In less than a month since the launch of India’s largest rural sanitation survey –
Swachh Survekshan Grameen 2019 (SSG 2019), more than one crore people have participated in the programme by sharing their feedback on a number of sanitation related parameters and undertaking swachhata activities.
SSG 2019 being held from 14th August to 30th September, 2019, covers 17,450 villages in 698 districts across the country. It includes 87,250 public places, namely schools, anganwadi centers, public health centres, as well as haats, bazaars and religious places.
Increased focus is being given this year to solid and liquid waste management as well as plastic waste management.
A detailed protocol has been developed to guide the ranking of Districts basis their performance on key quality and quantitative parameters. Results of the survey conducted by an independent survey agency will be announced based on quantitative and qualitative sanitation parameters. The weights to different elements of the SSG would be: Direct observation of sanitation in public places (30%); Citizen’s Feedback including feedback from common citizens, key influencers at the village level and from citizens online using the App (35%); and Service Level Progress on sanitation related parameters (35%).
On 30th August, Directorate SBM-G Jharkhand organized a one day workshop on SSG-2019 in Sai Nath University when the Director briefed the gathering about the sanitation survey. He encouraged university students to contribute to the exercise. Thereafter, participants provided feedback through mobile Apps and took the sanitation pledge. SBMG Jharkhand distributed T-shirts, caps and steel water bottles, conveying the message, ‘Say NO to plastic’.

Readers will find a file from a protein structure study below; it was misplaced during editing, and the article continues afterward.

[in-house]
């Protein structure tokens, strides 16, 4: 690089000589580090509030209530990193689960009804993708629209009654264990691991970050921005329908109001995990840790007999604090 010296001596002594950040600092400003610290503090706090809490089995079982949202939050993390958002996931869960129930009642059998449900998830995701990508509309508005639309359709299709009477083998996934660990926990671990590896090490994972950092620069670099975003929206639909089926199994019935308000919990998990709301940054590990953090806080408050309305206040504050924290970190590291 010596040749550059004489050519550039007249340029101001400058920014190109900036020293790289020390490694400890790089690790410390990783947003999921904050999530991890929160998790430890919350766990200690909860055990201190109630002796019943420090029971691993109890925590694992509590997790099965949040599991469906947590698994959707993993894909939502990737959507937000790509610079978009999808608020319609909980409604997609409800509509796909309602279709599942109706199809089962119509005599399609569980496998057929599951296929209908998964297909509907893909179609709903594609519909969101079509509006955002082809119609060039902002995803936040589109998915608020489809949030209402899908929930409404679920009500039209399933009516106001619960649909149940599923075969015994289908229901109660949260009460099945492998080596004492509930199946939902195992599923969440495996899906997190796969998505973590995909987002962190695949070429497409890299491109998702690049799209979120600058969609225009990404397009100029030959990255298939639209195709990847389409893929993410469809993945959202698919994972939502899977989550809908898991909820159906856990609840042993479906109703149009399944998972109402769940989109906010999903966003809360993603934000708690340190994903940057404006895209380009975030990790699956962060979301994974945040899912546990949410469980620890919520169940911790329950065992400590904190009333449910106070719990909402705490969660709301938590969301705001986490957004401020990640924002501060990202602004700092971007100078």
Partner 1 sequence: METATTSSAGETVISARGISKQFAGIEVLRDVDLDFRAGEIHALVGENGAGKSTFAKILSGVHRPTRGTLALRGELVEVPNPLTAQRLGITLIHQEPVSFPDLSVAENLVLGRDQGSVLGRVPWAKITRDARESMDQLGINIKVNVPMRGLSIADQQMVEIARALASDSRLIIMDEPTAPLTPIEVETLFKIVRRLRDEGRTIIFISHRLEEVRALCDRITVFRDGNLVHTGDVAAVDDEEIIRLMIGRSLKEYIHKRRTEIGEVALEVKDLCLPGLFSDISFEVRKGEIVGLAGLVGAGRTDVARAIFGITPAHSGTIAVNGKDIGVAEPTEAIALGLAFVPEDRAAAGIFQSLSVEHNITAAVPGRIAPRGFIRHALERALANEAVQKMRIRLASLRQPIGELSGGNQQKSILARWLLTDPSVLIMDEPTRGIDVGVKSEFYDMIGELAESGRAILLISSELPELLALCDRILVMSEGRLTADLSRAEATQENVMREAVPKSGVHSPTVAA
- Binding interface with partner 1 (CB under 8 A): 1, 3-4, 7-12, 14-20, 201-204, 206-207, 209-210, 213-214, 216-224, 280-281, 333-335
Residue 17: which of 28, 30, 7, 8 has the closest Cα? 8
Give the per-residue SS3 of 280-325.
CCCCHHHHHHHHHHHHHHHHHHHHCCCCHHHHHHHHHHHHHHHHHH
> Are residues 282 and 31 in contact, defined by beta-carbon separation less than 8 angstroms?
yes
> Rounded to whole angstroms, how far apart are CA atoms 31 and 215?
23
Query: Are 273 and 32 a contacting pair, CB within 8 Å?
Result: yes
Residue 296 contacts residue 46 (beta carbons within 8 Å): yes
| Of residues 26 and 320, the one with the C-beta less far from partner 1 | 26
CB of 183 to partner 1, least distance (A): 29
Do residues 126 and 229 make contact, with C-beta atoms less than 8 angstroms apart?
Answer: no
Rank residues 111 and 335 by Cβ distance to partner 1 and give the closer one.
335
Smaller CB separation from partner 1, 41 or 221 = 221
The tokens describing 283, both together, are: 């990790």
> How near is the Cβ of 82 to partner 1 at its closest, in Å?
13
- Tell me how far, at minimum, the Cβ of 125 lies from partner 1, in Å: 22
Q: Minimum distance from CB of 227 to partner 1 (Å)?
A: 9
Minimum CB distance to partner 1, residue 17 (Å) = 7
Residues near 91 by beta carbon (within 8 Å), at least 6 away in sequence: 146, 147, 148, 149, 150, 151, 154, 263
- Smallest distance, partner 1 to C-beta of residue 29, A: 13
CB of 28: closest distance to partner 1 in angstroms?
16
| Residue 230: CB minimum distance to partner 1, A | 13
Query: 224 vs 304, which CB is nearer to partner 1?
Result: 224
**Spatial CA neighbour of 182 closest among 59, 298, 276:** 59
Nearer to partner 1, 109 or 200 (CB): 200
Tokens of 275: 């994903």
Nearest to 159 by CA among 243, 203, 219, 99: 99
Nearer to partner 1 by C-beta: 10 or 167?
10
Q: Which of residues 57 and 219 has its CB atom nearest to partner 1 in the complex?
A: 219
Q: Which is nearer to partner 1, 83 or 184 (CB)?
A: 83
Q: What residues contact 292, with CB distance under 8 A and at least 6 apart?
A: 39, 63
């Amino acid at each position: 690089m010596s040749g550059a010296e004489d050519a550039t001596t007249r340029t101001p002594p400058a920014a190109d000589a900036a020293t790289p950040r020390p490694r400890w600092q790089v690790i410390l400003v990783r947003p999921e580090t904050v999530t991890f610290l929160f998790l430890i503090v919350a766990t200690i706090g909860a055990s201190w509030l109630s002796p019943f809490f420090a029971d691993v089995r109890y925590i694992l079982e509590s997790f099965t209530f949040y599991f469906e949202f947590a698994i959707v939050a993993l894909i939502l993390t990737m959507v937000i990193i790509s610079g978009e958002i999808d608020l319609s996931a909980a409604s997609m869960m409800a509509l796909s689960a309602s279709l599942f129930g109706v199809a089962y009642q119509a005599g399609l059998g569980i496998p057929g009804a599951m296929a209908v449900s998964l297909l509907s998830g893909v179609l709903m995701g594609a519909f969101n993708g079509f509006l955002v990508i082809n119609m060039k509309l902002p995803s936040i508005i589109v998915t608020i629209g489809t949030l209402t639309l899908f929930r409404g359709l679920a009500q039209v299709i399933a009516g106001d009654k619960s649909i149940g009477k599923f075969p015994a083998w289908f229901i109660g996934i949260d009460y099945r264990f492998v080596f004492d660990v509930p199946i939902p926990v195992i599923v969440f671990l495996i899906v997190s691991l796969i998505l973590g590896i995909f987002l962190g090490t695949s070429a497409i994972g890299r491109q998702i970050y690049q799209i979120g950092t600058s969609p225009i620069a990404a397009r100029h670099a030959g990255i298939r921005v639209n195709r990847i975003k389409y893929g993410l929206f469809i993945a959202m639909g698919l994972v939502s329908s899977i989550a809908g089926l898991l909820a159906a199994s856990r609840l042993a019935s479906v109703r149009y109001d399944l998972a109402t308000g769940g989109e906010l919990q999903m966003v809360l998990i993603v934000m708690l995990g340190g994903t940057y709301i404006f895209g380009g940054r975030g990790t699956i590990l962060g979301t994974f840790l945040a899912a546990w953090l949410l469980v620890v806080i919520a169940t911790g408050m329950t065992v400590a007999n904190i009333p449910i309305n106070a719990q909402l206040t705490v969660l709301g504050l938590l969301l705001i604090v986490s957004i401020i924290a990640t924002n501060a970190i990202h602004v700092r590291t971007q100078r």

In Bihar, awareness sessions were held in schools, colleges and at community gatherings, appealing to people to participate and ensure cleanliness of their surroundings.
And in Uttar Pradesh, there was a state launch of SSG 2019, followed by a press conference. State officials developed whatsapp groups for effective monitoring of SSG activities. Further, there was active involvement of local champions, public representatives, students from local schools and colleges, Police department, home guards and the health department. While a government order was issued to districts to clean up their villages, media coverage was ensured to recognize efforts.
Children participated in good numbers in the cleanliness drives organized in Mizoram. Awareness and cleanliness activities were carried out in many villages.
All cleanliness activities began with the sanitation pledge in Sikkim. Arunachal Pradesh on the other hand focused on IEC activities to consistently remind people to refrain from littering.
Maharashtra saw various activities in all districts. While LED vans bearing swachhata messages were plied in some areas, IPC drives, bus panels and hoardings were the focus in others.
In Tamil Nadu, Swachhagrahis of each Panchayat focused on getting feedback from VHNs, Anganwadi teachers, Panchayat Secretaries, College students and others in the community.
Mass awareness camps were held at colleges to create awareness on citizen’s feedback.